The excuse offered was that the Japanese customers would supposedly
never agree to pay for something they have been getting for free (services
were included in the price of hardware).
Well, 11 years later, IBM Global Services
(IGS) is thriving in Japan. Its
Asia/Pacific revenues, of which Japan is by far the biggest part, have
been growing in double-digits – faster than in any other part of the
world. And Fujitsu is once
again having to play catch up to IBM, this time in its domestic market.
Such is the fate of a follower… “The
scenery only changes for the lead dog,” as another old saying goes.
Furthermore, Fujitsu’s Japan-centric nature
is evident even in its services and software business, a $19 billion-unit.
Although now the third largest such operation in the world (after
IBM and EDS), Fujitsu’s non-Japanese revenues are only $4.7 billion or
less than one-quarter of the total (see the charts).
And its international portion actually declined 1% last year
(in Yen), while the Japanese services and software business grew by 5%
(also in Yen).
Fujitsu’s solutions/systems integration versus infrastructure
services’ (outsourcing) revenue shares are pretty close (46% and 54%
Perhaps the most positive aspect of the
services and software unit is that its operating margin is by far the
highest among the Fujitsu business segments.
At 6.6% of revenue, it towers over that of hardware (1.8% - the
“platforms” in Fujitsu’s nomenclature), and of electronic devices
(3.8%). But it also serves to
underline how much less profitable even the “best of breed” Japanese
companies are in comparison to their U.S. counterparts.
operating margin includes software. IBM’s
does not. Software is IBM’s
most profitable unit. It
generates gross margins in the 86% range, and pretax margins around 24%.
Yet even without software, IBM Global Services’ operating margin,
estimated at 10.9% in 2003, by far exceeds Fujitsu’s 6.6% margin that
includes software. Such is
the difference between a leader and a follower…
Fujitsu’s platforms unit (hardware) has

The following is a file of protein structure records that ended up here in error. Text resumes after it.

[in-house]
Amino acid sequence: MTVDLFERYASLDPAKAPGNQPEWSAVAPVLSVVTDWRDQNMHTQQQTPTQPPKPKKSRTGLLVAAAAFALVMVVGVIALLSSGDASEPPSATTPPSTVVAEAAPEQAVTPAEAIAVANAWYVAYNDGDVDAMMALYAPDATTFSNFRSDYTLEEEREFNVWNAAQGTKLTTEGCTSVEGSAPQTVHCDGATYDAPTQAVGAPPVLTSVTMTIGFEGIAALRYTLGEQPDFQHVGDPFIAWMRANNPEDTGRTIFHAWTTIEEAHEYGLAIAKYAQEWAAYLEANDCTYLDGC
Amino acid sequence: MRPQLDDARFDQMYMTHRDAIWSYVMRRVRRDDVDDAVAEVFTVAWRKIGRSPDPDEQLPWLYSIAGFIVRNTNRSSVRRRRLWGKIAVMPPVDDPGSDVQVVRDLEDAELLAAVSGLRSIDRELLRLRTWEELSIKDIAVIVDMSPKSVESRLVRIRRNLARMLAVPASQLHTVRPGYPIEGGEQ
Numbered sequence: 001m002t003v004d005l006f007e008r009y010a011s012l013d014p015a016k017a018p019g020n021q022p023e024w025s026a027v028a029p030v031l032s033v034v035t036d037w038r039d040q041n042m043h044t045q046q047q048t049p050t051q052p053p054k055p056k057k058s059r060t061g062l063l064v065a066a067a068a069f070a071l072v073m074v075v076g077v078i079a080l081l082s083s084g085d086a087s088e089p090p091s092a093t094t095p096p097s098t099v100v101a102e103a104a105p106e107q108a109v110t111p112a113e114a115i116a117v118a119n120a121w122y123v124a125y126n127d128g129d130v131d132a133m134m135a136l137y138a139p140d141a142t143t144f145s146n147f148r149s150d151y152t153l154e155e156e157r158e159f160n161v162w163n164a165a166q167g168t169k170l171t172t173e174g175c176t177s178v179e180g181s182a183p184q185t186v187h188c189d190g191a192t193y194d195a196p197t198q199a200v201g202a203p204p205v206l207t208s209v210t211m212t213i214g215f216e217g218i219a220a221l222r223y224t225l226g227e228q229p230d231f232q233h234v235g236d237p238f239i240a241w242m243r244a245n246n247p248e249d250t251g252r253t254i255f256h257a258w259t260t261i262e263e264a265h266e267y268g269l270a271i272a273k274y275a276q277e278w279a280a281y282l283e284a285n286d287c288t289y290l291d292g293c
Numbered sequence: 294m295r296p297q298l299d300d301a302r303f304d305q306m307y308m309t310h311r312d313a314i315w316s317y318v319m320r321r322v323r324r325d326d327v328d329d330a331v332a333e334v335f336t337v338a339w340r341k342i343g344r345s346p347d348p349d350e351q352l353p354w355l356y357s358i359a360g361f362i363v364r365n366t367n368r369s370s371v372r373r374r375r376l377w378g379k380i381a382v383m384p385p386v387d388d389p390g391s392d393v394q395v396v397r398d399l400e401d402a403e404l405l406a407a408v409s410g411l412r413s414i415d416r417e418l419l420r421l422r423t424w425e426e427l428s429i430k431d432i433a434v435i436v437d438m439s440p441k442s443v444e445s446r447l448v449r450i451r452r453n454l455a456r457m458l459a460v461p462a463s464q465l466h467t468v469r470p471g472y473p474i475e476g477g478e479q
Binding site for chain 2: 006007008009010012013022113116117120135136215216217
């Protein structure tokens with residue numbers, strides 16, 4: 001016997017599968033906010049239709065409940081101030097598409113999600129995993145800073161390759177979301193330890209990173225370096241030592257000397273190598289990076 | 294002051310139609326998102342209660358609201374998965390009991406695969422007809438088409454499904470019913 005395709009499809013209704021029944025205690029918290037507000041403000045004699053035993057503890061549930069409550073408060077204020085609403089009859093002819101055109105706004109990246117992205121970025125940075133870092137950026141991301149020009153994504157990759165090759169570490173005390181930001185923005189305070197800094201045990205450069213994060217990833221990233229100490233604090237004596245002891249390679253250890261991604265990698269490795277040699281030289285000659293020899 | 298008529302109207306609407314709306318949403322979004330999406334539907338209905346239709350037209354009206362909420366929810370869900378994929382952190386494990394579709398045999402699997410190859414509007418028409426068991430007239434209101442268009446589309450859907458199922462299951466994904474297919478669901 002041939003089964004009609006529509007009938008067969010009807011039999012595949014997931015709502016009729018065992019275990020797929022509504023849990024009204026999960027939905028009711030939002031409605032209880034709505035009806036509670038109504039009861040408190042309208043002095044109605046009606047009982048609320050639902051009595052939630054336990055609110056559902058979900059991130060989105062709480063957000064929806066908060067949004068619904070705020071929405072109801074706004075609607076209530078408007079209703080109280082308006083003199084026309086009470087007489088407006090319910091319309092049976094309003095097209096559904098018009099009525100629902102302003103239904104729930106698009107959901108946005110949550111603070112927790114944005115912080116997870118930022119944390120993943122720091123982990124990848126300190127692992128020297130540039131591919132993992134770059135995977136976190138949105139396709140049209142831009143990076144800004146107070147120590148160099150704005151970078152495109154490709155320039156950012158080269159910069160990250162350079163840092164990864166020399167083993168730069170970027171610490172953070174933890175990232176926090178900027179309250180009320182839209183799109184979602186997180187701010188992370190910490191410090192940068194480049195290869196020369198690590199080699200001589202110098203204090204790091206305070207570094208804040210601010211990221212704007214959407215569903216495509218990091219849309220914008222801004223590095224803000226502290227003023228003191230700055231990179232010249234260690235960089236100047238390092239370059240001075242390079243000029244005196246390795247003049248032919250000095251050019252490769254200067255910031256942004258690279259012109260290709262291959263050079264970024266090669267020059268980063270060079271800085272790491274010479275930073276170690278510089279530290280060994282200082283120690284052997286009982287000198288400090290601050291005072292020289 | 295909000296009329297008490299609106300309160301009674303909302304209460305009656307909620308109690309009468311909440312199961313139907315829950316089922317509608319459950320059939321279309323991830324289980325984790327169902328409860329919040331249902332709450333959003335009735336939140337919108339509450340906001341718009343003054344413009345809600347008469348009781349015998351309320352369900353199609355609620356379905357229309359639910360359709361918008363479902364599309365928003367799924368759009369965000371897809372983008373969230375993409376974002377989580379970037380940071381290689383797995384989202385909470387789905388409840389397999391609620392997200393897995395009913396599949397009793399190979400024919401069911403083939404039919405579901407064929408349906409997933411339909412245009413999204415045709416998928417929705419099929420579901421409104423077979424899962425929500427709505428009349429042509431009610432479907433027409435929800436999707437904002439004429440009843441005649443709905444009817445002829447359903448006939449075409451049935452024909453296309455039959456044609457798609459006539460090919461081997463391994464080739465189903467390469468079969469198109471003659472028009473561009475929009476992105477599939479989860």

undergone the most radical changes in the last three years of the
company’s “restructuring” efforts.
They emerged smaller but profitable once again.
In 2002, the platforms lost $433 million at
the operating level on revenues of $15.2 billion. In 2004, they had a $266 million operating profit on revenues
of $14.6 billion. Clearly,
the revenue contraction was not as severe as was the profitability
improvement. So add one more
feather to the company’s management cap.
Within its hardware segment, however, the
servers’ revenues, which include the once mighty mainframes, continued
to shrink (down 4.5% in 2004 in Yen).
The executives who spoke at the company’s July 22 briefing in
Tokyo said they would reverse that trend.
Chiaki Ito, executive vice president, said he
expected an 8% revenue growth for the servers in the current fiscal year,
and a 9.5% revenue growth for the platforms as a whole. More importantly for the Fujitsu shareholders, Ito said he
expected the operating margins to rise from 1.6% to 2.3%.
Still not much to write home about, of course, but better than the
read ink the Fujitsu hardware had been bleeding in prior years.
Ito also alleged that Fujitsu’s server
business is much more than meets the eye.
It provides a fourfold leverage to its other operations (for every
Yen spent on servers, the customers supposedly spend four Yen on other
Fujitsu products and/or services).
The services unit, for example, benefits to
the tune of 2.5 times from the server revenues. Even PCs, storage and middleware enjoy “drag-along”
effects from servers, though to a lesser degree (see the above chart).
It remains to be seen to what extent such
server praise may be self-serving. The